Tuesday, November 30, 2021

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Minority-owned Southern businesses get back on their feet post-pandemic with a fund's help; President Biden says don't panic over the new COVID variant; and eye doctors gauge the risk of dying from COVID.

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U.S. Senate is back in session with a long holiday to-do list that includes avoiding a government shutdown; negotiations to revive the Iran Nuclear Deal resume; and Jack Dorsey resigns as CEO of Twitter.

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Disabilities Become Opportunities at Children's Mercy

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Friday, October 10, 2014   

KANSAS CITY - From guest services to human resources, education, and transportation, dozens of young adults are proving that disabilities don't mean they can't find or keep a job. They are part of an innovative program at Children's Mercy Hospitals and Clinics.

Kathy Smith is the program manager for Project RISE, which stands for "Reaching for Independent Successful Employment." She says it initially launched seven years ago with former patients and now employs the largest number of people with disabilities of any Kansas City company.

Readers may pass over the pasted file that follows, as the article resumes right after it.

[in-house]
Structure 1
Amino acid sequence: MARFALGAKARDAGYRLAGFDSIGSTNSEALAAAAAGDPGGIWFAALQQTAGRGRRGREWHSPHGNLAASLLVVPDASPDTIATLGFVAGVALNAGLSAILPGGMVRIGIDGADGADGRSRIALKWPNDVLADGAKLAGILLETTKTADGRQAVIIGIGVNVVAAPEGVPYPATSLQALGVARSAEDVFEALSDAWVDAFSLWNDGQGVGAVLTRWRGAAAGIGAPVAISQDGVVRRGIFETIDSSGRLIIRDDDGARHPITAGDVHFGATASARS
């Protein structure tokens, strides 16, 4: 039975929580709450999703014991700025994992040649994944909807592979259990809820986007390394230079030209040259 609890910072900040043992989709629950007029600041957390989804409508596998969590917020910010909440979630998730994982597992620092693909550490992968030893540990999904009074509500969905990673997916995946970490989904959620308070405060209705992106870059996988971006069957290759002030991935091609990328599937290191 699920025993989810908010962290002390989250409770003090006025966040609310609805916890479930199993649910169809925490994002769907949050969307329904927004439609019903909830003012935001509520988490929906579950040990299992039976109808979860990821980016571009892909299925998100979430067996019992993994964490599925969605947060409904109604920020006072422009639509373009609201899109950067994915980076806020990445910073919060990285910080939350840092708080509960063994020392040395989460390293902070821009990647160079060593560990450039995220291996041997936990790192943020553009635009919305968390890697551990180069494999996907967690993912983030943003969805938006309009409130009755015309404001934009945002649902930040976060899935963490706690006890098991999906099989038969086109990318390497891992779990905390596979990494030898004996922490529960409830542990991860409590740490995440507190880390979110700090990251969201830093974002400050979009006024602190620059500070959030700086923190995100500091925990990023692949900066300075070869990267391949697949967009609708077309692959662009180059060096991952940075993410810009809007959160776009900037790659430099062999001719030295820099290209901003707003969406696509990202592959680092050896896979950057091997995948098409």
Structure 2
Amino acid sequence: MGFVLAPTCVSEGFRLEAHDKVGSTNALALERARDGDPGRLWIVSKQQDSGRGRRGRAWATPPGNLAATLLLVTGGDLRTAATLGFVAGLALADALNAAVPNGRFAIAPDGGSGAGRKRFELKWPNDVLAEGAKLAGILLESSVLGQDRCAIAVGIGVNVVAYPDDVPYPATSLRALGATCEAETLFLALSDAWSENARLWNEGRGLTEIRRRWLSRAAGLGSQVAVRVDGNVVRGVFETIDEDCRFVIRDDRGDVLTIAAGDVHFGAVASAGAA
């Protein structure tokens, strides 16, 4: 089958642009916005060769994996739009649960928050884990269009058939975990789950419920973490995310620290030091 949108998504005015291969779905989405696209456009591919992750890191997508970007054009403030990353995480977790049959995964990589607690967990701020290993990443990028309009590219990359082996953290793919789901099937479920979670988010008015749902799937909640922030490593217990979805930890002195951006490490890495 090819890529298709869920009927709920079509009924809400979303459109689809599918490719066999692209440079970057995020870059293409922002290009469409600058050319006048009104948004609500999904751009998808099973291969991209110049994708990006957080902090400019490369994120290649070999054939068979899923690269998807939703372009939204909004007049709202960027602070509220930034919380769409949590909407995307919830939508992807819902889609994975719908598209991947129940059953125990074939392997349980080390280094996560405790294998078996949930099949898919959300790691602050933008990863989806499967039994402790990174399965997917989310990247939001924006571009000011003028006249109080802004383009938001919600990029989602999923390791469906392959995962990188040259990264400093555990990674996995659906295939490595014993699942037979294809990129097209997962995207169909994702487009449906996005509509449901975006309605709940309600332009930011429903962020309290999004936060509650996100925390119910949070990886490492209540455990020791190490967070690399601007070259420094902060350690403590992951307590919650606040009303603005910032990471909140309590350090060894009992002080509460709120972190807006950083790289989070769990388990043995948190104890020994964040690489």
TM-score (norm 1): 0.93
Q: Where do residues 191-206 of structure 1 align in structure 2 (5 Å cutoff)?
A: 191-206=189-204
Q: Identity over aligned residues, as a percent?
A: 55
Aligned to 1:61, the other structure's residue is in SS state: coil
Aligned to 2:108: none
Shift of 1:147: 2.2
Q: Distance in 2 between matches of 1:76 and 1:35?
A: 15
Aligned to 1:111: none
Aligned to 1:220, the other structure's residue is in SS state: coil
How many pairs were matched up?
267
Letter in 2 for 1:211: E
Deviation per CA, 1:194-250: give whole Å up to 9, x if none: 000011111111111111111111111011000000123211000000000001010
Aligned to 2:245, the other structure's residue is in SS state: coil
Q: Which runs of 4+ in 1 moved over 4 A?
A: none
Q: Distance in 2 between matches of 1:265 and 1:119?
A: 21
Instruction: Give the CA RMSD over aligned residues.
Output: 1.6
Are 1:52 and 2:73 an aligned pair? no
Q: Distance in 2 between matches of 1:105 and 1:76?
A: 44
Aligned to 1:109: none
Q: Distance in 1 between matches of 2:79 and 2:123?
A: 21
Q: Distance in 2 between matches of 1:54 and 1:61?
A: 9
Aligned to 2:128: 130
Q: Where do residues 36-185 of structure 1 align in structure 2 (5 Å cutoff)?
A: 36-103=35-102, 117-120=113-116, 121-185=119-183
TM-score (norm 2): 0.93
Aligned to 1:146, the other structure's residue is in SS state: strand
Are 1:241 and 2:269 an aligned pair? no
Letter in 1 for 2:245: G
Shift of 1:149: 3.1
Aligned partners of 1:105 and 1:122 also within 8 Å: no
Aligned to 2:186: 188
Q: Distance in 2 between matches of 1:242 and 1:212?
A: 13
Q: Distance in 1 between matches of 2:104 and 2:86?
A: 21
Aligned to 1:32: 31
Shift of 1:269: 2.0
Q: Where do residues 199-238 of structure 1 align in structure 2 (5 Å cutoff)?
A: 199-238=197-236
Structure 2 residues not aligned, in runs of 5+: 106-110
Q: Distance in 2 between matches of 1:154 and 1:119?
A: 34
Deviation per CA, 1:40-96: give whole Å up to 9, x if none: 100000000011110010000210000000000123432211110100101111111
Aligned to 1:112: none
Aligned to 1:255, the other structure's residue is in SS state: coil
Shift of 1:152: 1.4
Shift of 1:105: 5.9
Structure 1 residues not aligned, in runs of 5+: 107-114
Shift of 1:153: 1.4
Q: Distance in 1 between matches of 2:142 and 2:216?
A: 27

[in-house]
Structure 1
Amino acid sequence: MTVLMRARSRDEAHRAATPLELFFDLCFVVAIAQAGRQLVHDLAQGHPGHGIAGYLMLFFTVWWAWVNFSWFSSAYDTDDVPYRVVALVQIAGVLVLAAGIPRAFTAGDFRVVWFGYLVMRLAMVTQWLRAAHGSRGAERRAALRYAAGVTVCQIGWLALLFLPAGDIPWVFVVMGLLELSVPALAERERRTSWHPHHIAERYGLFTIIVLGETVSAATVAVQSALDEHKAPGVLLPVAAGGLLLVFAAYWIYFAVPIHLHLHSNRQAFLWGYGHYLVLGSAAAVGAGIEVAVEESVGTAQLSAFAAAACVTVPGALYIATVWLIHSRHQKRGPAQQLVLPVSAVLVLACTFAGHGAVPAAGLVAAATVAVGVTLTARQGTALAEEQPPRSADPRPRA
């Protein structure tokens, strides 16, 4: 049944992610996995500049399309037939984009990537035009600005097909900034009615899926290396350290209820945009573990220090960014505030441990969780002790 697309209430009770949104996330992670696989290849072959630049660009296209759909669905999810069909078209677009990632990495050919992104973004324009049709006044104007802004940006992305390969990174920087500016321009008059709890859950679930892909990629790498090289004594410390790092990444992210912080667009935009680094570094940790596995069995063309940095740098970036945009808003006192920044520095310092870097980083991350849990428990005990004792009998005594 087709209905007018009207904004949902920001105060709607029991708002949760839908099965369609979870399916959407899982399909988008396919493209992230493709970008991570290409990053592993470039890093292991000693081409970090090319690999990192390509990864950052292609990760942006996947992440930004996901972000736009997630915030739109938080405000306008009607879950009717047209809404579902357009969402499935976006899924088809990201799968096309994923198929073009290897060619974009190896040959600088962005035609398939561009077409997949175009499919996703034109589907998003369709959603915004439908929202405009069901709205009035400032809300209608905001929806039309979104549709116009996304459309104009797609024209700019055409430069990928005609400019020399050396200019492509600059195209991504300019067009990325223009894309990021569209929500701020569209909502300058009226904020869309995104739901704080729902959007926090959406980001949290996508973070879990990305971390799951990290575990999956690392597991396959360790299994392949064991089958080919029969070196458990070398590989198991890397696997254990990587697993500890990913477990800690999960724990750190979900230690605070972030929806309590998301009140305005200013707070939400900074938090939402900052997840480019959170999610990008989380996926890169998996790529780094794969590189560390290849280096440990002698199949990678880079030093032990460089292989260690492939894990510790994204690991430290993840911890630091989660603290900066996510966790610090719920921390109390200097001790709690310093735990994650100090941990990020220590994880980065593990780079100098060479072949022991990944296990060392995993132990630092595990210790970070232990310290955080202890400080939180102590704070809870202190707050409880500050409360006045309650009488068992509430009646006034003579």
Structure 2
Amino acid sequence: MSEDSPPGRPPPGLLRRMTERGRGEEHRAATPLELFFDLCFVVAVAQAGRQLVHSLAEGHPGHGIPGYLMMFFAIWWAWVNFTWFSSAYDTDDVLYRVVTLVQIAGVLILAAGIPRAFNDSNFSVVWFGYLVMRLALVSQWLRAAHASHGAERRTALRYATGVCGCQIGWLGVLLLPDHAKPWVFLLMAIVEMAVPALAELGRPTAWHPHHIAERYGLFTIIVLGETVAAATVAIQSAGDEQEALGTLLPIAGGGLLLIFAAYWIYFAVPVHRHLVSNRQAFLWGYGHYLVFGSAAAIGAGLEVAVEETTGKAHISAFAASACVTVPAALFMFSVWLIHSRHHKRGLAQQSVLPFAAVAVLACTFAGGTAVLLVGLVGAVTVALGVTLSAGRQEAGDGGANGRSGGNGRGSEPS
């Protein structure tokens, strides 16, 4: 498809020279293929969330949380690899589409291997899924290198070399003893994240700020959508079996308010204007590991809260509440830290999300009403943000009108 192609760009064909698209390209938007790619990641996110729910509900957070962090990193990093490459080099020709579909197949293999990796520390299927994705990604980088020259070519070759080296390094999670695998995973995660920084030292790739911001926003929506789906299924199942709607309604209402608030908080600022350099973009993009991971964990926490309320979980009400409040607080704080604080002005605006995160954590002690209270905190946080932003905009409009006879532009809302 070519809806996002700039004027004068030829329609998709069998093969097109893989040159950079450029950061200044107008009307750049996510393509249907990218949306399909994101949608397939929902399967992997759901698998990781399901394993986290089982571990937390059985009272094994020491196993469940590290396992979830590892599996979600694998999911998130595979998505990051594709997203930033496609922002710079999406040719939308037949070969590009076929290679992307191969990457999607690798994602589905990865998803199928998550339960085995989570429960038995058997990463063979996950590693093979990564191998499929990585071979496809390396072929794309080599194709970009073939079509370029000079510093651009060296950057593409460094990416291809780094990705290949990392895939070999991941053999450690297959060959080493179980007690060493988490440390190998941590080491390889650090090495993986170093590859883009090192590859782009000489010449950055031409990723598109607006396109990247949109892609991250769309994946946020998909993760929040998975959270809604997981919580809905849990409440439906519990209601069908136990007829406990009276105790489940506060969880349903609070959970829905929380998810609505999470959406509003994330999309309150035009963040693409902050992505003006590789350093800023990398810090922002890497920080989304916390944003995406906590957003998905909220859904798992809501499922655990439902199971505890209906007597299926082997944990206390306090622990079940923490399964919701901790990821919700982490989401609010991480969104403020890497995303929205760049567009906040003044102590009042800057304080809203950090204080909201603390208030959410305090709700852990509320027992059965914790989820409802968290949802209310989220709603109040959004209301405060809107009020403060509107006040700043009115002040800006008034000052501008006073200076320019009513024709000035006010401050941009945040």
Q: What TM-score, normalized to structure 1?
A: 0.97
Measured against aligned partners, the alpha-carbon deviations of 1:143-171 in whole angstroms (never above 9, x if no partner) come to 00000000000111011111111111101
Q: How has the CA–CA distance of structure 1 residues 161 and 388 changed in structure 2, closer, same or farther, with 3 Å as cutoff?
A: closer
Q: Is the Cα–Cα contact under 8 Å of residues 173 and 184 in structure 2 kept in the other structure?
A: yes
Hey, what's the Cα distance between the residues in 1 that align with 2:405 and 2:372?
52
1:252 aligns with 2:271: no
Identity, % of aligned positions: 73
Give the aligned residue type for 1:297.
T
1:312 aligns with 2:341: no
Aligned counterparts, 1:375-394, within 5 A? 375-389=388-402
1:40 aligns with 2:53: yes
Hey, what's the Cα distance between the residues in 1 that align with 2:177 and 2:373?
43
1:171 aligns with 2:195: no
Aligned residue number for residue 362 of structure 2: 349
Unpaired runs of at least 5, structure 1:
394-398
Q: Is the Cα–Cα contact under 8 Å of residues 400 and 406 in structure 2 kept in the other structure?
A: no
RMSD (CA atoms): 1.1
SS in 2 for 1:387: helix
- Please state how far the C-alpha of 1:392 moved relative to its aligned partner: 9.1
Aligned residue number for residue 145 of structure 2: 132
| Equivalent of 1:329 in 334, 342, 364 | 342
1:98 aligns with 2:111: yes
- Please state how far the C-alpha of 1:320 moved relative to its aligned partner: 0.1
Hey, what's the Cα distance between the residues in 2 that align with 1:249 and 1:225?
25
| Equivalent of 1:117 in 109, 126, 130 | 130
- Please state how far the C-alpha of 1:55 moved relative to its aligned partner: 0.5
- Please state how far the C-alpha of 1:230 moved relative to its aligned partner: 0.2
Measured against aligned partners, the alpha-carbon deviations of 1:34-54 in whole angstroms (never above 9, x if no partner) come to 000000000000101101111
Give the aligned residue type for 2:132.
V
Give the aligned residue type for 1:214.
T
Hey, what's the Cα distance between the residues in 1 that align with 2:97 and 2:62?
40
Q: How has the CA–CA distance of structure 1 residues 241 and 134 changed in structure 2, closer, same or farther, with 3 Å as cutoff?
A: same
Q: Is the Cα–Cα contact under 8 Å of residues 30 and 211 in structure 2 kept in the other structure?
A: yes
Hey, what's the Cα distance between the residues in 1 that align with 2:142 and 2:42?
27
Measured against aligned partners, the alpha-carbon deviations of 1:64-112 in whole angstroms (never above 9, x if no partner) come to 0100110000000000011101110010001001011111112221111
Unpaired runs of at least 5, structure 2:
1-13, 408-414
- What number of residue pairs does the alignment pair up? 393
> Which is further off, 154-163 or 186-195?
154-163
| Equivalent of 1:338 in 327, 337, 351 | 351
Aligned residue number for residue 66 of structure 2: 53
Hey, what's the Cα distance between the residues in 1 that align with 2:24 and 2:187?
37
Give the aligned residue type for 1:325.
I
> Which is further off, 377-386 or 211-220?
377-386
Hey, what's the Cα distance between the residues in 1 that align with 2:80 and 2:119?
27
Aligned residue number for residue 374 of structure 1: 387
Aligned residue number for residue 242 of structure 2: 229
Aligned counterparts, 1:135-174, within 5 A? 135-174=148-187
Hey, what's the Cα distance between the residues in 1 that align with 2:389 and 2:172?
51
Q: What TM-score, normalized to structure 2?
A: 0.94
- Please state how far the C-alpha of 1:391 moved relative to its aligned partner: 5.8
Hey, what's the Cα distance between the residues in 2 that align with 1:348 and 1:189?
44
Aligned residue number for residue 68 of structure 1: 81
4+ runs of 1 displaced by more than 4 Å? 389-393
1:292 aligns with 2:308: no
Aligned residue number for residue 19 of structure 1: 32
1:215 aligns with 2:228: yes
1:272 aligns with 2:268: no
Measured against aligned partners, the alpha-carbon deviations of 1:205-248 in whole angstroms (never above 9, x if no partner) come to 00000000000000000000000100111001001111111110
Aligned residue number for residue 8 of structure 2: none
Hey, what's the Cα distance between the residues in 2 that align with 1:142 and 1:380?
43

"Most folks with disabilities would tell you they would much prefer to be employed, rather than relying on Social Security benefits or something like that," Smith says. "They bring incredible problem-solving ability and talents to the workplace."

Roughly 57 million Americans live with a disability, according to the most recent U.S. Census data.

Smith says the program is built around on-the-job training and in most cases, Project RISE employees have not needed much in the way of special accommodations. She hopes the success of the program will inspire other employers to consider disability awareness and outreach to this group of workers to be part of their overall diversity efforts.

"Just like race or ethnicity, disability is just yet another factor that makes us all unique," Smith says.

More information on Project RISE is on the hospital website, ChildrensMercy.org.




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